Thursday, July 12, 2012

Legend Post #6 -- The Loch of the Lost Sword

Well, hello, again. I'm back with a 'proper' legend for this week. However, I'm a little under the weather, so my brain is not working on full power. Plus I have a 15-25 installment series to plan out for a job assignment. Due to these two things, I've chosen a smaller legend that will require a little less explaining on my part. I guess it sounds lazy, but I have to work with what I have, and I don't want another Thursday to go by without a legend.

The Loch of the Lost Sword is a minor legend in Scotland. You probably would never hear of it unless you looked up the West Highland Way, which is a 96mi. hiking trail through the Scottish Highlands starting at Milngavie and ending at Fort William. Technically this little spot of water is too small to be called a loch, and is rather referred to as a lochan.

I found it difficult to find a lot of information on the Lochan of the Lost Sword, but with persistance (and no brain power for anything else) I finally found a snippet, and an article. Both have to do with Robert the Bruce, but one says he scored a great victory....

"Legend has it that when Robert the Bruce of Scotland was fleeing the English troops pursuing him, he ordered all his mens heavy weapons be tossed into this small loch to lighten their load. A day later the two armies met in battle only a mile from this spot, and despite being only lightly armed, the Scots routed the English." [source unknown]

.....while the other fills in quite a few missing details that paint a very diferent picture.

"As we already know Bruce had made a few enemies when he stabbed Comyn. By far the biggest of these north of the Border were the MacDougalls a powerful clan who held the lands around Argyll. This clan was descended from Somerled a great Hebridean king and it’s testament to their power that they had inflicted heavy defeats on both the MacDonald and Campbell clans. They had been great Scottish patriots, unfortunately for Bruce though Comyn was related to the MacDougalls and so they had come out in support of Balliol and the English. With Bruce and his surviving army fleeing westward they ran out of the frying pan and smack into the fire where a large force of MacDougalls were sharpening their swords in anticipation.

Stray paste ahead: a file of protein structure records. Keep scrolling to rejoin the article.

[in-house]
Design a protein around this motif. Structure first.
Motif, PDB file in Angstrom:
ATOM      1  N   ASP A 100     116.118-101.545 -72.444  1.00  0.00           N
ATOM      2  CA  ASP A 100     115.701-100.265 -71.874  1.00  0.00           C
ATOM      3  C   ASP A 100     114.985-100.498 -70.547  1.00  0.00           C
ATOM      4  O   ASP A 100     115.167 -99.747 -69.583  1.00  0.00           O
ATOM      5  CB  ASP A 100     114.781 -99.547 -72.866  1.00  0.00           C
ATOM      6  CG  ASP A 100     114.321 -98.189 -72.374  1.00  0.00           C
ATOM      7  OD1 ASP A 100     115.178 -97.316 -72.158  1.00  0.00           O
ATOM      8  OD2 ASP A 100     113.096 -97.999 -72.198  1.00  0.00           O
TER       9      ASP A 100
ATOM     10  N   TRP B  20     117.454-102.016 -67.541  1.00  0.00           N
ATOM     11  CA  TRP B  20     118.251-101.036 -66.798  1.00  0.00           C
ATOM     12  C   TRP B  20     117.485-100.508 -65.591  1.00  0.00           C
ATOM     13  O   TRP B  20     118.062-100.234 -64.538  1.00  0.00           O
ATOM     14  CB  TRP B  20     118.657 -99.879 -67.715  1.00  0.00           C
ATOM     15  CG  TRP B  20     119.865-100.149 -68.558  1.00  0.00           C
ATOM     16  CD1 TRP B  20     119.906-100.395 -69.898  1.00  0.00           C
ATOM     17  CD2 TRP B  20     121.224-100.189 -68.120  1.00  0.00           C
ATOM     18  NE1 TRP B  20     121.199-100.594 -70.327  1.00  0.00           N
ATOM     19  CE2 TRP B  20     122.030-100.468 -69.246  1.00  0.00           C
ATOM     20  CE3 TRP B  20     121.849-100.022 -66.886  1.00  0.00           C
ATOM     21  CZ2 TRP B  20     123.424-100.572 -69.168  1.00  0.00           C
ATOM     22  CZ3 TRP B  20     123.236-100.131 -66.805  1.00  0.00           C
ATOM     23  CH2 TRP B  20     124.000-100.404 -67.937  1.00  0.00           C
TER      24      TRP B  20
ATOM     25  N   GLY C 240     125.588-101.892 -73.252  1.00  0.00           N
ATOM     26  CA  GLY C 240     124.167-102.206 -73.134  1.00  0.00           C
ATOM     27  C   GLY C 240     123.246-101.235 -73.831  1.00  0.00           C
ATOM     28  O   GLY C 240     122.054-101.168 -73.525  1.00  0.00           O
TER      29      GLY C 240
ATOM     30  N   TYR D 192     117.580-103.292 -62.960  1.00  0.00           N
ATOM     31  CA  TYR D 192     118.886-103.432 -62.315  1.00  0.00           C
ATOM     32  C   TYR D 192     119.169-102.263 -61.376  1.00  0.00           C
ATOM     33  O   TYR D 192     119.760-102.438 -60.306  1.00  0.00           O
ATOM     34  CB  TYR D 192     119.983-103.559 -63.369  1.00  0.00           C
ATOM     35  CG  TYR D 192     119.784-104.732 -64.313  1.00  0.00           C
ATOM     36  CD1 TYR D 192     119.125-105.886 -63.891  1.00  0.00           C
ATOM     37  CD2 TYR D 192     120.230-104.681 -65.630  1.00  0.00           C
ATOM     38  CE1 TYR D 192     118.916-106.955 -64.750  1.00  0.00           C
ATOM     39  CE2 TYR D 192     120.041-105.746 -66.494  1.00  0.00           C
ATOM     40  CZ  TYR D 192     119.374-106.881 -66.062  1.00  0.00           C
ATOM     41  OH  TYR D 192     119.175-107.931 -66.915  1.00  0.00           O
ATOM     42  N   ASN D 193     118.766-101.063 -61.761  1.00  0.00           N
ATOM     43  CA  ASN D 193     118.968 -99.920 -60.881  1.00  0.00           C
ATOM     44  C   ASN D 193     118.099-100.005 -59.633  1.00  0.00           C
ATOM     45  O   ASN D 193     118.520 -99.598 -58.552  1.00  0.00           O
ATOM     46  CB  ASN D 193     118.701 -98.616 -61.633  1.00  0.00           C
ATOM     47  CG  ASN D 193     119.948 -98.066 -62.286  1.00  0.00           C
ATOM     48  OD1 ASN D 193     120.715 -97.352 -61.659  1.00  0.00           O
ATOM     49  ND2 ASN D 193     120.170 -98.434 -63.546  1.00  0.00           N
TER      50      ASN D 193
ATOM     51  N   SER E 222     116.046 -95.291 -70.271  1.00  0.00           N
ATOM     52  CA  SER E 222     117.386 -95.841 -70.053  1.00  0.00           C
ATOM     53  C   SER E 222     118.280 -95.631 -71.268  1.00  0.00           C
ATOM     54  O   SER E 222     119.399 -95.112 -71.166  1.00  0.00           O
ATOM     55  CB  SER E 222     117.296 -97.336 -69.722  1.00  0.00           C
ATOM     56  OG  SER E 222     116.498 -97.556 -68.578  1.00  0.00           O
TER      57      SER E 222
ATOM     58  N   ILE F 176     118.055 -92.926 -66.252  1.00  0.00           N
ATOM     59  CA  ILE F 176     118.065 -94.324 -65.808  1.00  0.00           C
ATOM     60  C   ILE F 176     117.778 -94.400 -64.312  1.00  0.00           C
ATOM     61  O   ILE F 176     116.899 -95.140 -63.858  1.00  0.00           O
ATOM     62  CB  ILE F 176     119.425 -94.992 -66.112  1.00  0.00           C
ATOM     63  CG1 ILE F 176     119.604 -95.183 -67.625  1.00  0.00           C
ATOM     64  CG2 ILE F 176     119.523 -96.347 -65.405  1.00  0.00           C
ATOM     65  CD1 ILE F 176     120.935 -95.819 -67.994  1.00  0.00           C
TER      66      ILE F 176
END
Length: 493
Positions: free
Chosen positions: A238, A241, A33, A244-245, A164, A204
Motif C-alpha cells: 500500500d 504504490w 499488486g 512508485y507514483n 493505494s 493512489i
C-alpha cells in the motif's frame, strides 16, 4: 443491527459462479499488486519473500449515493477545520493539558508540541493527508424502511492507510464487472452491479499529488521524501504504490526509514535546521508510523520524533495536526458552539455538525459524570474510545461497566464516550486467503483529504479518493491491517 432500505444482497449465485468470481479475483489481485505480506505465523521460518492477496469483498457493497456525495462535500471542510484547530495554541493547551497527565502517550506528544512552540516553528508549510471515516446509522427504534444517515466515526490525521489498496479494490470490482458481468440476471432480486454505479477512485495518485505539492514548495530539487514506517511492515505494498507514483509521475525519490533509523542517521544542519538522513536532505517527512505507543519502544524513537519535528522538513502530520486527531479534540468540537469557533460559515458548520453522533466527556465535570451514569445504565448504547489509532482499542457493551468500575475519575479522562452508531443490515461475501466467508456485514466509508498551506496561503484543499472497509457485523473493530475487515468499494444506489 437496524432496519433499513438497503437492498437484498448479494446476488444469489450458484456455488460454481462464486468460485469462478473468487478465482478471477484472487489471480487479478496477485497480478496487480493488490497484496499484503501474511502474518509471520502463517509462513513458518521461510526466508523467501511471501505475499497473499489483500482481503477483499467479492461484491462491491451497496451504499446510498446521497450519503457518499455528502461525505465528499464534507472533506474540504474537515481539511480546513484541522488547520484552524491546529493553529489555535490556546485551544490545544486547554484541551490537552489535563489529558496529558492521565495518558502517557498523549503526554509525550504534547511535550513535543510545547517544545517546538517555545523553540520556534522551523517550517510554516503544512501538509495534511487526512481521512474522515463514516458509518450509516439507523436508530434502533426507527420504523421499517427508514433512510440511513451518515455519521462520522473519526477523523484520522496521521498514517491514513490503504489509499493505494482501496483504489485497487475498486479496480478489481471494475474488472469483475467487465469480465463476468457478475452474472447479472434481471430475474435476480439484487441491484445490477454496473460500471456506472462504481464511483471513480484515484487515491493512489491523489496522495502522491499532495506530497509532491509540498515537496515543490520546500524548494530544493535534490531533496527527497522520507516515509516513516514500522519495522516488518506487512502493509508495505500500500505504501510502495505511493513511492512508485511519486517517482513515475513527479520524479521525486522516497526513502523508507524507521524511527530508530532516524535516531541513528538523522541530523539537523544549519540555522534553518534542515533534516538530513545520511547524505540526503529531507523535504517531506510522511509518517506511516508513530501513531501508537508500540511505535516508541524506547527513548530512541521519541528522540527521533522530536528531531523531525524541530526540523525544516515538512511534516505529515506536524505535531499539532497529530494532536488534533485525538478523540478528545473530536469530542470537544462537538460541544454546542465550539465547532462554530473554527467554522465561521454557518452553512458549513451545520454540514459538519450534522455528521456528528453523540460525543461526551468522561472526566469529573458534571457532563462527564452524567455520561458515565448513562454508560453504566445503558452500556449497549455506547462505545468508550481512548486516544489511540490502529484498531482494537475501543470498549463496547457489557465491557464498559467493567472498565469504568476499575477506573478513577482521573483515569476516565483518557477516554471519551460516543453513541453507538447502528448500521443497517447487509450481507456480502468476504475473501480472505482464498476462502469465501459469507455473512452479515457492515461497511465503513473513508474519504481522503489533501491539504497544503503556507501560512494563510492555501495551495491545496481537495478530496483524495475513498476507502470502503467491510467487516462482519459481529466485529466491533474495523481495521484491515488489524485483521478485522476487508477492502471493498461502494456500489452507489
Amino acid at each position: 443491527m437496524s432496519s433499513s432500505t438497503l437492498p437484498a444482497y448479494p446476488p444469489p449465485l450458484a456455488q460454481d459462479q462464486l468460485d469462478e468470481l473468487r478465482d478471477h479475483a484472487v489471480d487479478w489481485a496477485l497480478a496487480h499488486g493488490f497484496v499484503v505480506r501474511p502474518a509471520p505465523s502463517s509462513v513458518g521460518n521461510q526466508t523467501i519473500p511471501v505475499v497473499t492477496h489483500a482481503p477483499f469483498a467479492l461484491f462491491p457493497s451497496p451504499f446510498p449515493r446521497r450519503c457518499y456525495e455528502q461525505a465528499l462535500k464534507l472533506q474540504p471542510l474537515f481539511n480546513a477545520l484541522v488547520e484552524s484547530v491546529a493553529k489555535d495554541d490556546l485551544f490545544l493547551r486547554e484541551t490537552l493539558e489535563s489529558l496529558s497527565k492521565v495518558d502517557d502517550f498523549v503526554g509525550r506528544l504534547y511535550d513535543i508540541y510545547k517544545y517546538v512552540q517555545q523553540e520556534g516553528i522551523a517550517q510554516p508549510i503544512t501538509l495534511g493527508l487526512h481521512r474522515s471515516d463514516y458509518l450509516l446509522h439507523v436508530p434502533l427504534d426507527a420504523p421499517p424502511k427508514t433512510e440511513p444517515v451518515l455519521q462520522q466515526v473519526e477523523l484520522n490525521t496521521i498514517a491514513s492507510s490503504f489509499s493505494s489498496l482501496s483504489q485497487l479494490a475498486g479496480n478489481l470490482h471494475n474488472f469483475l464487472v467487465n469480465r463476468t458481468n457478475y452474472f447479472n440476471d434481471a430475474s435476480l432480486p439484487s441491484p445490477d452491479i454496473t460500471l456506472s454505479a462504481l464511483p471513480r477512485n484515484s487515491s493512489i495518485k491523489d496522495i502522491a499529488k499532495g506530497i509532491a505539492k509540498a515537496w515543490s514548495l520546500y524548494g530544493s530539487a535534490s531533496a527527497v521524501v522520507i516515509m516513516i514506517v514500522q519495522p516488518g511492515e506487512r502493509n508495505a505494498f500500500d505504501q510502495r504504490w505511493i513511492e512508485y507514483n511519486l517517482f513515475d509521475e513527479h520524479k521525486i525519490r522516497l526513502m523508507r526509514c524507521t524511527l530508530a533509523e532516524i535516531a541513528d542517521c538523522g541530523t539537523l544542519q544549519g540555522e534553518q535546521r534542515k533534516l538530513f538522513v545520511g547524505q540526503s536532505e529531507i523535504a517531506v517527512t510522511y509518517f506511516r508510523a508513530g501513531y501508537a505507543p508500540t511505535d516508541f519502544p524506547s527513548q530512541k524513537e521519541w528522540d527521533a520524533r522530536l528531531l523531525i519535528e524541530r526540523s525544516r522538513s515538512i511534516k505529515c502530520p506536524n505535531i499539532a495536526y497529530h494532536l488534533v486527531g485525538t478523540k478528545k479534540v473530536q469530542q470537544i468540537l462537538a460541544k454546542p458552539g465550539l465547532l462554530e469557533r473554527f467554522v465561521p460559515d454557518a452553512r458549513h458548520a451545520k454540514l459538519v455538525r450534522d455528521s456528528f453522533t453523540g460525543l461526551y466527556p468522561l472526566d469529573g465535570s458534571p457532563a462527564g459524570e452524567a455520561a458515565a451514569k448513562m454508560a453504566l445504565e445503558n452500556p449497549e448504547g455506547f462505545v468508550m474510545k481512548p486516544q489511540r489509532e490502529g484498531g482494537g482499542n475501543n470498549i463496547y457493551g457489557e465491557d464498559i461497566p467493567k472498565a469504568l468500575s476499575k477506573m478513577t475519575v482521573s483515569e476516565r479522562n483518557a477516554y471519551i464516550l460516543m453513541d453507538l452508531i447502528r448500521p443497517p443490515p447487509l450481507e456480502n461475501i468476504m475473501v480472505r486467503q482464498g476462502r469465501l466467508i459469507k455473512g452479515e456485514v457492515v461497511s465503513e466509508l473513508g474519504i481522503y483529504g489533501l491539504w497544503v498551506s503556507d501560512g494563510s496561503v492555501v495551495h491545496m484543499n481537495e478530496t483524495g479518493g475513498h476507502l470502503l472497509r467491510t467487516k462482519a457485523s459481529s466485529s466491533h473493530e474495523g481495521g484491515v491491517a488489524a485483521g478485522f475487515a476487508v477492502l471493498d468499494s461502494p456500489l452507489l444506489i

When Bruce reached Strathfillan, just to the south of Tyndrum around a thousand MacDougalls were there to meet him, led by the son of Alexander the chief John of Lorne (also known as ‘John the Lame). Bruce was trapped! With Valence pursuing him and the MacDougalls blocking his path he was forced to fight. Bruce and his men were not prepared for battle and the result was a foregone conclusion. What few horses Bruce still had were cut down by the MacDougall axemen and many of his most valued allies such as Sir James Douglas and Gilbert Hey were wounded during the engagement. This rather fanciful poem gives account of the battle:

They thereupon withdrew. In this
There was no mark of cowardice.
They kept together; and the king
Was ever busy rescuing
The rearmost of his company.
With skill and valour there wrought he,
And safely all his men withdrew.
He daunted those that would pursue
So none durst leave their cloe array,
For he was never far away.

The fighting was desperate for Bruce, at one point cut off from his allies he was fighting alone against a small lochan. A MacDougall man attempted to pull Bruce from his horse by grabbing his cloak. Bruce killed him but lost his cloak in so doing. The dead MacDougall was found later still grasping the cloak with Bruce’s brooch still attached. This brooch is still in the possession of the clan to his day.

Bruce and a handful of men escaped with their lives. His army was now non-existent and he fled to the caves and into the history books!
He hadn’t finished with the MacDougalls though and in 1308 at the Pass of Brander Bruce took bloody revenge against the MacDougalls. Once again with the Black Douglas by his side he completely destroyed the MacDougall’s and finally put an end to Scottish resistance to his claim to the throne.

 The Lochan of the Lost Sword

The place where Bruce’s darkest moment had come was named ‘Dail Righ’ or ‘The Kings Field’. Bruce had escaped by a hairs breadth (of maybe a brooch pin’s width). As Bruce had escaped he and many of his men threw any unwieldy heavy arms they had into a small lochan. Local legend has it that the king’s sword still lies beneath the surface. Whether its guarded by a ‘lady of the lake’ would be mere speculation." [taken from]

Though a small legend, it still has tingles the imagination a little bit, doesn't it? It's hard to think a sword would remain just sitting at the bottom of a lochan for all these years, but perhaps if it was discovered by a peasant long ago, and is sitting in an attic somewhere, a forgotten family heriloom......

Dia duit,

1 comment:

  1. his sword lies on a wall in a cave in Scotland


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